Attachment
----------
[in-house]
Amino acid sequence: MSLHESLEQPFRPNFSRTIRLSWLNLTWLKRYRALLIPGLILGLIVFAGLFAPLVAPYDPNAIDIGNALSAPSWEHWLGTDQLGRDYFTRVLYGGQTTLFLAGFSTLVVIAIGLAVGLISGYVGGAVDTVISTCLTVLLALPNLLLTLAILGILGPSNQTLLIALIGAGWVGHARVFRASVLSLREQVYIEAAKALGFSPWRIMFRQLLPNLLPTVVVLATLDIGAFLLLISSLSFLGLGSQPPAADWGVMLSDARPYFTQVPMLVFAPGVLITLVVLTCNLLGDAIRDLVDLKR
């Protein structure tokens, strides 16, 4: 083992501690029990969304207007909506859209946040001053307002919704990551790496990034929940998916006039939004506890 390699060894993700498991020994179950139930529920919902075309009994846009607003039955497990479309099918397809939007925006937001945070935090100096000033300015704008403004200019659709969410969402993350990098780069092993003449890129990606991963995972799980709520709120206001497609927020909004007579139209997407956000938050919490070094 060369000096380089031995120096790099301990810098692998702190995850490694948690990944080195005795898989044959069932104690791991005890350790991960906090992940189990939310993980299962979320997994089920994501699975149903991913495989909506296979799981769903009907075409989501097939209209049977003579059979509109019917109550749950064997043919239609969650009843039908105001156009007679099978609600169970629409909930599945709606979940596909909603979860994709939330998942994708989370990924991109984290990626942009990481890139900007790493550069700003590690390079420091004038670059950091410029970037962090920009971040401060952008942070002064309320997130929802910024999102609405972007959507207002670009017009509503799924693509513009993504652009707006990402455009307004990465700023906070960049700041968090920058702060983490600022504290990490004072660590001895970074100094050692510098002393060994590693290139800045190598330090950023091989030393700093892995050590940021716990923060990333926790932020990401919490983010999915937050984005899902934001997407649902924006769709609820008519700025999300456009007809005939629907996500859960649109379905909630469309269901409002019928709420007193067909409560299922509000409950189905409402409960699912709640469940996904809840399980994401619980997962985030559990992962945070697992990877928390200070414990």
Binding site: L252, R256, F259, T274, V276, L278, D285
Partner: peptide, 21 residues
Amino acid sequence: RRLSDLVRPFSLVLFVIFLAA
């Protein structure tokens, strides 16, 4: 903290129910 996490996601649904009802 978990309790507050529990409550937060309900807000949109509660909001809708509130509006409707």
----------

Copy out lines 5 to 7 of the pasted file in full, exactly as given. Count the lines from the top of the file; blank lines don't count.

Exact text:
Partner: peptide, 21 residues
Amino acid sequence: RRLSDLVRPFSLVLFVIFLAA
């Protein structure tokens, strides 16, 4: 903290129910 996490996601649904009802 978990309790507050529990409550937060309900807000949109509660909001809708509130509006409707």